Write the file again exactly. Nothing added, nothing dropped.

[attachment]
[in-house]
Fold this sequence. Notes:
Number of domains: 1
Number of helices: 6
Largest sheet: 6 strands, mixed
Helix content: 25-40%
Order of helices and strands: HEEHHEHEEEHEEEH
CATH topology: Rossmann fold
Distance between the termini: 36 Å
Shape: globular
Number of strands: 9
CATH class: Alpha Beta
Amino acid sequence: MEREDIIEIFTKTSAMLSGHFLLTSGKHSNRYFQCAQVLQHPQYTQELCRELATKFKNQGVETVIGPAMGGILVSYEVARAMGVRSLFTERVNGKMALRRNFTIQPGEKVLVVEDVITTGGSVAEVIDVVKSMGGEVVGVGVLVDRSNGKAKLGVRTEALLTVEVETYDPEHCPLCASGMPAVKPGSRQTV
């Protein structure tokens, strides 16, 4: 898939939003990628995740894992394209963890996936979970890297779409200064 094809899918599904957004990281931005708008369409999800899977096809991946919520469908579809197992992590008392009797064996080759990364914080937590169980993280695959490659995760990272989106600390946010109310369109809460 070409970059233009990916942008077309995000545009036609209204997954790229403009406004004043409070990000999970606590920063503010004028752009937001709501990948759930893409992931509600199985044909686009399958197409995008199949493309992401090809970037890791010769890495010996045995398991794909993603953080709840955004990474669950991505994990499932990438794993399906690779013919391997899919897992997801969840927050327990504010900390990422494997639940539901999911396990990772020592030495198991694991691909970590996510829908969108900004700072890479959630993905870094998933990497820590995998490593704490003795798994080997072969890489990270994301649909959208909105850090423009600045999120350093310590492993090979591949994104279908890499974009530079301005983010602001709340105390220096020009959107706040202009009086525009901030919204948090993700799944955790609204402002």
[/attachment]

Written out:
[in-house]
Fold this sequence. Notes:
Number of domains: 1
Number of helices: 6
Largest sheet: 6 strands, mixed
Helix content: 25-40%
Order of helices and strands: HEEHHEHEEEHEEEH
CATH topology: Rossmann fold
Distance between the termini: 36 Å
Shape: globular
Number of strands: 9
CATH class: Alpha Beta
Amino acid sequence: MEREDIIEIFTKTSAMLSGHFLLTSGKHSNRYFQCAQVLQHPQYTQELCRELATKFKNQGVETVIGPAMGGILVSYEVARAMGVRSLFTERVNGKMALRRNFTIQPGEKVLVVEDVITTGGSVAEVIDVVKSMGGEVVGVGVLVDRSNGKAKLGVRTEALLTVEVETYDPEHCPLCASGMPAVKPGSRQTV
């Protein structure tokens, strides 16, 4: 898939939003990628995740894992394209963890996936979970890297779409200064 094809899918599904957004990281931005708008369409999800899977096809991946919520469908579809197992992590008392009797064996080759990364914080937590169980993280695959490659995760990272989106600390946010109310369109809460 070409970059233009990916942008077309995000545009036609209204997954790229403009406004004043409070990000999970606590920063503010004028752009937001709501990948759930893409992931509600199985044909686009399958197409995008199949493309992401090809970037890791010769890495010996045995398991794909993603953080709840955004990474669950991505994990499932990438794993399906690779013919391997899919897992997801969840927050327990504010900390990422494997639940539901999911396990990772020592030495198991694991691909970590996510829908969108900004700072890479959630993905870094998933990497820590995998490593704490003795798994080997072969890489990270994301649909959208909105850090423009600045999120350093310590492993090979591949994104279908890499974009530079301005983010602001709340105390220096020009959107706040202009009086525009901030919204948090993700799944955790609204402002």